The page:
With so many roguelike games in the landscape, it can be difficult for one to stand out. However, developer Over The Top Games makes a respectable showing with Full Mojo Rampage.
Based on the folklore of voodoo magic and related fables, the PS4/XB1/PC game blends dungeon crawling, twin-stick shooter and rogue-lite RPG genres to create an original single-player and co-operative experience.
Players take control of a voodoo apprentice who dreams of attaining great magical power and the favor of the “Loa,” or dark gods of voodoo magic. This is done through several quest chains, in which one of the Loa themselves asks the player to take on a specific task for them. These quests take the form of a randomly-generated path made up of open-ended levels, perilous dungeons, vendor zones, boss areas and other destinations.
Gameplay in Full Mojo Rampage primarily breaks down into fast-paced isometric action in which the player must unleash their mojo magic on a wide variety of enemies while outrunning, outsmarting and outmaneuvering danger. On the PS4, one stick moves while the other fires projectiles in 360 degrees. Spells and other special moves are relatively simple to deploy with carefully timed button presses, whether the result is an evasive dodge or area-of-effect debuff.
Unfortunately, this easy to access, hard to master control scheme is held back by an unfriendly user interface. It may depend on the type of display being used, but many text prompts are difficult to read. Navigating the main menus is not as intuitive a process as it could be, and lastly, the “item info” function, which is required to find out what any of your inventory items do when used or equipped, can be intrusive when used in the middle of a level. These quirks get more manageable as the game progresses, but they can give players a rough start.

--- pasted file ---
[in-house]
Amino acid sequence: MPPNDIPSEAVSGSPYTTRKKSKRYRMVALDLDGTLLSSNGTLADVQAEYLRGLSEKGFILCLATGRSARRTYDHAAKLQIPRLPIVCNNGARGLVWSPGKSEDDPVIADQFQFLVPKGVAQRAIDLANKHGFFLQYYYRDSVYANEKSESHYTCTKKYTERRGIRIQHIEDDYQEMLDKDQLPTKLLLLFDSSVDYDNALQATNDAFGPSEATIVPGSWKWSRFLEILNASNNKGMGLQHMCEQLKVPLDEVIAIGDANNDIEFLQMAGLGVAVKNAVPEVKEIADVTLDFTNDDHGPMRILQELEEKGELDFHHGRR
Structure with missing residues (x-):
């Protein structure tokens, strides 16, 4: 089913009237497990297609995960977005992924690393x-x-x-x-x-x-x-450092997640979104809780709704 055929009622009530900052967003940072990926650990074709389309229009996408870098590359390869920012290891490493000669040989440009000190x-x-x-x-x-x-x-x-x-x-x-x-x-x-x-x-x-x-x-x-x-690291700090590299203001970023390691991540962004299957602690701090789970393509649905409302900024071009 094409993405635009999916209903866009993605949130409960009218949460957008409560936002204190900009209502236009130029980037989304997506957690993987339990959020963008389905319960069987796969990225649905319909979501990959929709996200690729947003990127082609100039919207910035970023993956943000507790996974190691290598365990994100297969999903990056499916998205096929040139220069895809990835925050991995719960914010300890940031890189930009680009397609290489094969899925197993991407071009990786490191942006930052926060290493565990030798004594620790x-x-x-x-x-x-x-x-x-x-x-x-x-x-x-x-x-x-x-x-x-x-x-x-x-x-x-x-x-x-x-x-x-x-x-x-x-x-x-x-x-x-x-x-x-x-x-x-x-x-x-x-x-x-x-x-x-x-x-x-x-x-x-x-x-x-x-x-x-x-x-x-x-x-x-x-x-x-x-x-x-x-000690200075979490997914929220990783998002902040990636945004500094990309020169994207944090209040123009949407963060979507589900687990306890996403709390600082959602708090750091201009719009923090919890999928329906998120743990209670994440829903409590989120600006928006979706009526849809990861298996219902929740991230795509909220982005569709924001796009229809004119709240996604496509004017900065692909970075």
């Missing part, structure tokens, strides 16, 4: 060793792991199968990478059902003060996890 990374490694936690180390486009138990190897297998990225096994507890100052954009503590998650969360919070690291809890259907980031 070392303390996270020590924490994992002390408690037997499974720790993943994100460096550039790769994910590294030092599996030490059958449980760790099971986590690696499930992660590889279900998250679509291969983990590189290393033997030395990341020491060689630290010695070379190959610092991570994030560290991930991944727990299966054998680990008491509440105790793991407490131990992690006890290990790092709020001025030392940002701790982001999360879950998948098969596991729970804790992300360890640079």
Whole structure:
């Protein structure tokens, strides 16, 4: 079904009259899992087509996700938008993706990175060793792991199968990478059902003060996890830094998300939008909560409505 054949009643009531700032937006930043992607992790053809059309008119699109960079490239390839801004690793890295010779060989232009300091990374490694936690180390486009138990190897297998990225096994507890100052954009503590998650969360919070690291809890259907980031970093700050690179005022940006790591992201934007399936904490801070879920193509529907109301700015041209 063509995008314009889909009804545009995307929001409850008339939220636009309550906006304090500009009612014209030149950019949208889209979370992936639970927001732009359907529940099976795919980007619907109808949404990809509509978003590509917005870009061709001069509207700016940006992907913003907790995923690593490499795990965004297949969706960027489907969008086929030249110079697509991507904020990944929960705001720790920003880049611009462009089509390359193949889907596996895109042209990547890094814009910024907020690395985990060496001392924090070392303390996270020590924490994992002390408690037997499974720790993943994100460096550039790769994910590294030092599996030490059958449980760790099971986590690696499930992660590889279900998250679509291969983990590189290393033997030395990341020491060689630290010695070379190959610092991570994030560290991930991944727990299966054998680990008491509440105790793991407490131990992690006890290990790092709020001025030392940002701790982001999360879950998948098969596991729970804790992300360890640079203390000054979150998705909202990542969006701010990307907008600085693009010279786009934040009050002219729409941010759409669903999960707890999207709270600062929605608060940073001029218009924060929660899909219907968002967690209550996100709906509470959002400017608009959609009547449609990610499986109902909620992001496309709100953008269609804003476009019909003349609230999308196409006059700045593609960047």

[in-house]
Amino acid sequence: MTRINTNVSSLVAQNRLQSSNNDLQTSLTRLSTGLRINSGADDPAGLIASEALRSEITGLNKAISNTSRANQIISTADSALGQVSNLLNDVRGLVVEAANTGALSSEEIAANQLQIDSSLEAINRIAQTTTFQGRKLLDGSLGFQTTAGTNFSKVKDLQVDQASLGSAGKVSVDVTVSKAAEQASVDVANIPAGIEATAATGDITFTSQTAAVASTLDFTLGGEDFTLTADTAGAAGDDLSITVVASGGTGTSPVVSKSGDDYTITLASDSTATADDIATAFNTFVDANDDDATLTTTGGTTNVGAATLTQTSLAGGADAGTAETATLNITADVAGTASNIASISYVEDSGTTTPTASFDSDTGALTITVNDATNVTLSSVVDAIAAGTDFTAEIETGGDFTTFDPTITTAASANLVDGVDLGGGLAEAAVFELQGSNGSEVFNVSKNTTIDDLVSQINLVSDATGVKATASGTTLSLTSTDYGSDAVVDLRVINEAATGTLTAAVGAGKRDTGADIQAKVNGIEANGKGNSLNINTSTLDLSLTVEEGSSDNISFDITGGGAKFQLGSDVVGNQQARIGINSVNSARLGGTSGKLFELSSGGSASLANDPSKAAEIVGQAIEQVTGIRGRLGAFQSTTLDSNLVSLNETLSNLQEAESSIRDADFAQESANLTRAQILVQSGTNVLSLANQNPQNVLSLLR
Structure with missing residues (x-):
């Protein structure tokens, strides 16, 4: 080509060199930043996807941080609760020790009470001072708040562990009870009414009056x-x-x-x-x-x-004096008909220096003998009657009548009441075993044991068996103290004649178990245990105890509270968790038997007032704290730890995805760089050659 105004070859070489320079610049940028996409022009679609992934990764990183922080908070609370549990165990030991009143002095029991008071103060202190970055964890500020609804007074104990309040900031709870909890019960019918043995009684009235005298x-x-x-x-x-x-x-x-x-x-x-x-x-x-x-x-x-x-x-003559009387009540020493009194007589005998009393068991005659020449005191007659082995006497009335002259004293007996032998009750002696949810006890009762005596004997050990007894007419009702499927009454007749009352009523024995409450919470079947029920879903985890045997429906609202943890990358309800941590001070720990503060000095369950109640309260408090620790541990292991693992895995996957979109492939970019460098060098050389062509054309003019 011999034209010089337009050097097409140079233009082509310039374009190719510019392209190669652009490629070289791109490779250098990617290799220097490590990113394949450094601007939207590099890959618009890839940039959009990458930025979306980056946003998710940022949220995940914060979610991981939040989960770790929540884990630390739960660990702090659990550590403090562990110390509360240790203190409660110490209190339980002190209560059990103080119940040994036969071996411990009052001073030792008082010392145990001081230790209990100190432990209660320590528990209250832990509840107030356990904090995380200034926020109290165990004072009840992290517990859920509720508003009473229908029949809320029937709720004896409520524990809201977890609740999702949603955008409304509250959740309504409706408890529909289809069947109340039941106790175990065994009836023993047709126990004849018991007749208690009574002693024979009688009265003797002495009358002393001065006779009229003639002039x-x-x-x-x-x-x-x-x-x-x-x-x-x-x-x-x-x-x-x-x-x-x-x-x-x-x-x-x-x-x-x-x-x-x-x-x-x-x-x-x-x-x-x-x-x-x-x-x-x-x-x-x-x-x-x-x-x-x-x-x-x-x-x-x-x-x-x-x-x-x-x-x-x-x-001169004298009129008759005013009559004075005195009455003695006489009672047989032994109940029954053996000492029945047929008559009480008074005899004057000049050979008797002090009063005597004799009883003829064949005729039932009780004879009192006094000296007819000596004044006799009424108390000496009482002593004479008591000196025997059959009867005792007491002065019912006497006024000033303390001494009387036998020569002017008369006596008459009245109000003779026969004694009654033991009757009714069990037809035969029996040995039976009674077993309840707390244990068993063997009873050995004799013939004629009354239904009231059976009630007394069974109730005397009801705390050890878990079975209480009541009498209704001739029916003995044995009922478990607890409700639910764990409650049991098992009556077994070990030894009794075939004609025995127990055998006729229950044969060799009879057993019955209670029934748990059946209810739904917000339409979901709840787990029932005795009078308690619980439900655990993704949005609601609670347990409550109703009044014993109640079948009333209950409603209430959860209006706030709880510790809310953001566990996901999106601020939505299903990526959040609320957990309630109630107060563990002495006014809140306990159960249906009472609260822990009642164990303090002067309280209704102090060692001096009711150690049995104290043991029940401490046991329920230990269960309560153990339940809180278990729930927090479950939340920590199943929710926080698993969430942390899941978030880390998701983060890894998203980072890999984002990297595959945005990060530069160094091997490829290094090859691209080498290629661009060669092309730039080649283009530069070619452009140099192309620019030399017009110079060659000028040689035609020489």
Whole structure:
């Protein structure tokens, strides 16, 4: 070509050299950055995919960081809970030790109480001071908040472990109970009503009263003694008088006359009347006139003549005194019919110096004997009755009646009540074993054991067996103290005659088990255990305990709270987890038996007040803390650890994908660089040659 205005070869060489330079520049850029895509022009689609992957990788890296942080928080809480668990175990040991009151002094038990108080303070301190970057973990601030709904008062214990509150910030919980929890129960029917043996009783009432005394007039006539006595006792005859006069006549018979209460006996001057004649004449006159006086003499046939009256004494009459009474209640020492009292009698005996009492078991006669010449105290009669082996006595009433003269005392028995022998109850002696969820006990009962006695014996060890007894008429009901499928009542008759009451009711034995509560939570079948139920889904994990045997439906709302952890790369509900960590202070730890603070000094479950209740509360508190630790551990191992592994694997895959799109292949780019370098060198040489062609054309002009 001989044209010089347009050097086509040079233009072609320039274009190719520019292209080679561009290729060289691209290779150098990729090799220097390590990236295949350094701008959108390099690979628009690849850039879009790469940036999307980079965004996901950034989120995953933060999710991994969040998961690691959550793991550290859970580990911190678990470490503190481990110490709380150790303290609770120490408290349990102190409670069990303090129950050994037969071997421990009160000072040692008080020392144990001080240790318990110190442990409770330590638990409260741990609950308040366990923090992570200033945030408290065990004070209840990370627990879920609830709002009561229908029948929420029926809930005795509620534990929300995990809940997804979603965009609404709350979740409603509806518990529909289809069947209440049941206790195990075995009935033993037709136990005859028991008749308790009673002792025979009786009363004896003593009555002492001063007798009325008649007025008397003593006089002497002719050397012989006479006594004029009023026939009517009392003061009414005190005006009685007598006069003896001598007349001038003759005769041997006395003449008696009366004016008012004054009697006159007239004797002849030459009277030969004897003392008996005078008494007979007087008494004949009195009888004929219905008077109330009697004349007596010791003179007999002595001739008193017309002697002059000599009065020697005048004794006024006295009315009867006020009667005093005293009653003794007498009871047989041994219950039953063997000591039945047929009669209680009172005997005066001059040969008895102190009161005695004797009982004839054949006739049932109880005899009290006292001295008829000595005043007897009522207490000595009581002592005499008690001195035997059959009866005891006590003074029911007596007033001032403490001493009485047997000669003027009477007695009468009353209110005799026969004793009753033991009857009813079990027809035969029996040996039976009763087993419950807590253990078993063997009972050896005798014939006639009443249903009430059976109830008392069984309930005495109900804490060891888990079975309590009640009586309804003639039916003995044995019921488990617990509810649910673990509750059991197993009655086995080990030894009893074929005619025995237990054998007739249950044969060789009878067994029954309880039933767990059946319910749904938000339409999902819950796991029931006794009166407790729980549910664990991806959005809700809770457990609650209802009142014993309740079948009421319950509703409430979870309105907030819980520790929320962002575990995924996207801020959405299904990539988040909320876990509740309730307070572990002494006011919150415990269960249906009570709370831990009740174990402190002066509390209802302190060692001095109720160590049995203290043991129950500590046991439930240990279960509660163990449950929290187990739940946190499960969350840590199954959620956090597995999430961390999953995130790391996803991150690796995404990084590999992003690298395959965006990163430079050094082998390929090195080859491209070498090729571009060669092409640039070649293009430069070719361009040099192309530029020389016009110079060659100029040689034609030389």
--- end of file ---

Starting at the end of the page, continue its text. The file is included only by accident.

As with many roguelikes, difficulty is a hallmark of Full Mojo Rampage, with encounters steadily getting harder further into quest chains, and death will reset progress in a quest and cost you any power-ups collected until that point, though character stats persist. This challenge is counteracted by an effective progression system. The apprentice gains experience by blasting the baddies and completing objectives, boosting health, speed, damage and attack rate stats. New wands, passive buff-granting “mojo” items and other helpful trinkets are also collected regularly. Players must measure the benefits of these power-ups, as only a few can be carried – and fewer equipped – at a time.
Between quest chains, players swap out bonus items, improve their stats and choose their patron Loa – which decides what spells they’ll go into the field with. Over time, new “pins” and Loa will be unlocked, providing opportunities to customize the apprentice’s abilities to suit the player. Tweaking these options can be just the thing for countering that tough new boss or taking another stab at the next quest. Bringing in a friend for co-operative play (up to four players) can also level the playing field.
Full Mojo Rampage boasts a deceptively simple game play formula with a strong amount of content under the surface. With ample challenge, varied environments and a slew of game modes including the campaign, survival and competitive multiplayer, there’s a significant amount of see-and-do to be had here. On the downside, a sloppy presentation, skimpy story elements and somewhat formulaic in-game goals mean Full Mojo Rampage lacks staying power and lasting appeal, but there’s still a unique and enjoyable distraction if nothing else.